- Our Client also arranged a shipment of goods to be delivered from the UAE to Saudi Arabia under the local Saudi company’s name without prior notice to Healy Consultants Group PLC and the legal owner of the Saudi company. We assisted our Client get relevant registration with customs. However, as expected, the legal owner of the Saudi company refused to sign customs clearance forms for over a week until his legal counsel approved the same. As a gesture of goodwill, Healy Consultants Group PLC agreed with our Client to cover Saudi customs costs.
- Our Client finalised the agreement with their customer and now requested the owner to sign off the agreement as the legal owner of the Saudi company. The agreement was reluctantly signed and once again, the legal owner of the Saudi company requested our Client to stop using the company name until the same was legally transferred and the SAGIA licence had been issued.
- To advance SAGIA registration, Healy Consultants Group PLC requested settlement of the second instalment. However, our Client refused and delayed payment for over two months, thus putting the engagement on hold. The payment was finally settled in July 2019, and the complete set of legalised corporate documents was couriered by our Client to Riyadh for submission to SAGIA.
- SAGIA surprisingly processed the application and issued the foreign investment license within three weeks. The new Commercial Registration (CR) confirming the new company name and our Client’s UAE/DMCC company as the legal owner of the Saudi entity was issued in the following three weeks.
- After completing SAGIA registration, the final instalment was payable by our Client. However, our Client again refused to settle the amount due and instead negotiated these fees. In the meantime, this Client independently worked with our local attorney and paid their legal fees directly.
- Following two months of e-mail tennis with the Client, Healy Consultants Group PLC agreed on a final and fair settlement. The Client acknowledged the reduction and agreed to pay in December 2019.
- From January to May 2020, Healy Consultants monthly followed up with this Client for payment, but he always reverted with one excuse or another for the delay.
- In June 2020, Healy Consultants finally hired external legal counsel and sent a legal notice to the Client to recover funds amicably. Since the Client did not settle the fees Healy Consultants pursued settlement of outstanding dues via the UAE courts.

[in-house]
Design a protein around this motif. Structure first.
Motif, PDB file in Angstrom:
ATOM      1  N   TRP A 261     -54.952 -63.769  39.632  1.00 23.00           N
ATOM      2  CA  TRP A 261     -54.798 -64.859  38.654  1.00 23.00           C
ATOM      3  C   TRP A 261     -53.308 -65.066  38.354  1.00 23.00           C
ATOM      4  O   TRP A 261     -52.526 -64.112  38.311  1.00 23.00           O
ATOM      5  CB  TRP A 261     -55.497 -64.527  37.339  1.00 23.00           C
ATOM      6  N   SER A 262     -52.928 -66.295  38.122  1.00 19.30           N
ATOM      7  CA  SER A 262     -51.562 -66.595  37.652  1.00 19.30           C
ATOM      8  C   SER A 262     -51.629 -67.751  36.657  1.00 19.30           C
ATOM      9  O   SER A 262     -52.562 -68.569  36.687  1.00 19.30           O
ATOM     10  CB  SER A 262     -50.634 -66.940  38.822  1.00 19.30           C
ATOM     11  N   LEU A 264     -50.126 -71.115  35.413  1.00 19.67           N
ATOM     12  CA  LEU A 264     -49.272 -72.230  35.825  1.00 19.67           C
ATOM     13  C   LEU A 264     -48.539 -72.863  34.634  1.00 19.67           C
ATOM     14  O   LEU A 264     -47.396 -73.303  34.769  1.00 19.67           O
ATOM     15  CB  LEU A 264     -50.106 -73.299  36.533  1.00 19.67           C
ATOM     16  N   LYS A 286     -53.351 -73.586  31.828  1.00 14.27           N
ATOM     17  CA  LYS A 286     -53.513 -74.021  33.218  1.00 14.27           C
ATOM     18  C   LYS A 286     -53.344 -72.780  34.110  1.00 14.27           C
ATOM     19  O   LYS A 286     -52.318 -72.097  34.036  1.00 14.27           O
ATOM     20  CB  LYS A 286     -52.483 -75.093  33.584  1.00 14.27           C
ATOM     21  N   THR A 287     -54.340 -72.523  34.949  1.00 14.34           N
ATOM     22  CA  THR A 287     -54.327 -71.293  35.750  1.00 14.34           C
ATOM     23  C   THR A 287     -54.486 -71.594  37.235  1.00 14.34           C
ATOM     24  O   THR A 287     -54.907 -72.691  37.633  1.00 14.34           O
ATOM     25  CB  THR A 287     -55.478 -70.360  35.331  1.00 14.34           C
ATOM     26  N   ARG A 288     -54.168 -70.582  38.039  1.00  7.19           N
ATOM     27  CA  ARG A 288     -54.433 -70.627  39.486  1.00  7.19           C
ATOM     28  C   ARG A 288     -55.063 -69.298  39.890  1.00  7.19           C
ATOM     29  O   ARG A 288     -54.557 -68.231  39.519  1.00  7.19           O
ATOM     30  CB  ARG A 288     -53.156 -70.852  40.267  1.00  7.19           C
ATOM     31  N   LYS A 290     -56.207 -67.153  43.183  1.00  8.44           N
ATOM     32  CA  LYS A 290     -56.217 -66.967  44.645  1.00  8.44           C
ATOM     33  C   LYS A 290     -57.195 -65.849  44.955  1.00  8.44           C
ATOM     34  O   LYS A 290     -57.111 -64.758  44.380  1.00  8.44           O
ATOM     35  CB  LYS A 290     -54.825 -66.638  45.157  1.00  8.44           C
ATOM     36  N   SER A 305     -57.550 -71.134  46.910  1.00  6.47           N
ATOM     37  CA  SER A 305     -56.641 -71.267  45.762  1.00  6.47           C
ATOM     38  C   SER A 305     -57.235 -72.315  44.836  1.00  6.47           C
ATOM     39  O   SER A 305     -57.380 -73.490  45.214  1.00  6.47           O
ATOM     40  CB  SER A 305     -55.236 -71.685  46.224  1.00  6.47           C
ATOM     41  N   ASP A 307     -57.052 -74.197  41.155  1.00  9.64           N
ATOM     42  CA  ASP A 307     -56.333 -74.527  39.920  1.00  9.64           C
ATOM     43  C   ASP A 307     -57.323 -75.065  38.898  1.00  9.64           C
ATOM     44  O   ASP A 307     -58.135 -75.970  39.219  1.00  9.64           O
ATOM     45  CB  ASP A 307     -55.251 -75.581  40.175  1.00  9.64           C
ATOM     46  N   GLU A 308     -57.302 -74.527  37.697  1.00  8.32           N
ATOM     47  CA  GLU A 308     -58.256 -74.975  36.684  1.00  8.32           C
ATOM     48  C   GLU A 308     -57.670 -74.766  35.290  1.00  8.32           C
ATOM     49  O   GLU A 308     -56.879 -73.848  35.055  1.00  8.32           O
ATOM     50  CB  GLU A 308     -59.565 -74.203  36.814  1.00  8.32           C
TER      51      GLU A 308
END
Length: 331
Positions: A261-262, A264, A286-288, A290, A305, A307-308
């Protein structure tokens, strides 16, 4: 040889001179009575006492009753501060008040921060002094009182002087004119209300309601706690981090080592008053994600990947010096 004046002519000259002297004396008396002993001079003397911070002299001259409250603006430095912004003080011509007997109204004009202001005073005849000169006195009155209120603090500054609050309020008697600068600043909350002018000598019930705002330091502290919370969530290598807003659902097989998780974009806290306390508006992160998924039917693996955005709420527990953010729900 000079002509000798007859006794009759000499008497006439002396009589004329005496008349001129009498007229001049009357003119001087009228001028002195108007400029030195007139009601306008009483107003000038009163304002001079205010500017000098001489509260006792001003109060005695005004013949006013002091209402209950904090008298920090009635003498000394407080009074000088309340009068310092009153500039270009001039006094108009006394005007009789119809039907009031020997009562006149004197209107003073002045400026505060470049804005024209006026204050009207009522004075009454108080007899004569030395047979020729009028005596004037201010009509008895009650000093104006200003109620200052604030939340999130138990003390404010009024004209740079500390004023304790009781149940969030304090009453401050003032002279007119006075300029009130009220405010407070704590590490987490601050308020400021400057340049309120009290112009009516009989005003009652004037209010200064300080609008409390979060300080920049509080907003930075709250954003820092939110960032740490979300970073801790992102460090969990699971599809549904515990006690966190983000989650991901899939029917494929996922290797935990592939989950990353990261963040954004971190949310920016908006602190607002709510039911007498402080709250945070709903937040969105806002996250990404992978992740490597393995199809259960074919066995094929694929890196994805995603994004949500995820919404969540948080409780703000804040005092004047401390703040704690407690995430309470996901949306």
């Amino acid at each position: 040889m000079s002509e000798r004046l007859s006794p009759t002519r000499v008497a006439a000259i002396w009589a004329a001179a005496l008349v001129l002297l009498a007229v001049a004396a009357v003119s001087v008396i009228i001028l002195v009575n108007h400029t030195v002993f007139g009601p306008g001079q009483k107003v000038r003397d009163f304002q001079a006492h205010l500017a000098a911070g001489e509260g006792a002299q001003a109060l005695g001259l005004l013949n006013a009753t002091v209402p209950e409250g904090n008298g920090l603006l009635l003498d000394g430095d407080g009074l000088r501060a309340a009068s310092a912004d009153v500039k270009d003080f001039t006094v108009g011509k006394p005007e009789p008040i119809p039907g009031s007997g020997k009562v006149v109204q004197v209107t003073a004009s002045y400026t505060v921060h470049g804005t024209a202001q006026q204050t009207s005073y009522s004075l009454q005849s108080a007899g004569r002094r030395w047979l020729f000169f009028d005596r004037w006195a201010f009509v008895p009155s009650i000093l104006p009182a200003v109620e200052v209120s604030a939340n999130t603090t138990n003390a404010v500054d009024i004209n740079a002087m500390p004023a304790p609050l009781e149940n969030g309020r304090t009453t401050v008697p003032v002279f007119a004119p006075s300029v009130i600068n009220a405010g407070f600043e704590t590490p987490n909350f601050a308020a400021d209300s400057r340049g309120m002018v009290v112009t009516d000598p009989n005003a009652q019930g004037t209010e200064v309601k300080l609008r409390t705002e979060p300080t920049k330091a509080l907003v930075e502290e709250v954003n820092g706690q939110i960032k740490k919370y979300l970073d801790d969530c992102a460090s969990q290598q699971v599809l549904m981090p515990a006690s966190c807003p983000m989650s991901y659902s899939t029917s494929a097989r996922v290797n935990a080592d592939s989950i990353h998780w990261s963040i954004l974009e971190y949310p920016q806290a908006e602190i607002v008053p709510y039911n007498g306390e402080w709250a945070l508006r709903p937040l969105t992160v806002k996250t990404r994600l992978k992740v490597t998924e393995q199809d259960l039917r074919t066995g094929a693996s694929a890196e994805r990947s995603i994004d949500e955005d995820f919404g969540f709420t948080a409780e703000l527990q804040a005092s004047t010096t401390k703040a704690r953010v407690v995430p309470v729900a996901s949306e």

UAE-based catering/housekeeping services firm expands to Saudi Arabia
- Our UAE Client supplies catering and other support services to offshore marine vessels.
- Our Client is rapidly expanding globally and approached Healy Consultants Group PLC in April 2018 to register a company in Dammam, Saudi Arabia.
- Healy Consultants Group PLC prepared a detailed business set up proposal for the Saudi Arabian General Investment Authority (SAGIA) and outlined total engagement fees. To allow our Client to plan, we also advised that expected timelines would be 10 months from settling fees and supplying due diligence.
- During a face-to-face meeting, our Client informed us that they were in a hurry to sign a business contract and receive income.
- To have the company set up within two months, we suggested registering a KSA-GCC LLC, which is a local company owned and controlled by GCC nationals. At a later date the corporate structure could be changed to reflect management changes, if needed.
Company set up
- The Client agreed with the KSA-GCC LLC option, and appointed their preferred GCC director, shareholder and bank signatory. Within two months, KSA-GCC entity registration numbers were issued.
- Within one more month, most post-incorporation formalities were completed including i) signing an office lease agreement ii) Zakat (tax) registration and iii) GOSI registration. Unfortunately, municipality and Ministry of Labour registrations took two additional months. A corporate bank account was simultaneously opened with a leading KSA bank.
- Upon completion of the above, our Client hired a Saudi national Government Relations Officer (GRO), signed a business contract and received first business income, signifying that they were fully operational.
Corporate structure change
- Two months later, the company management changed. Healy Consultants Group PLC started working on a SAGIA application to appoint a British national as sole general manager (GM) of the company, an international parent company as the sole shareholder, and a new Saudi GRO.
- Healy Consultants Group prepared i) the legal share allotment ii) the legal share sell-purchase agreement and iii) a list of documents needed from incoming directors and shareholders.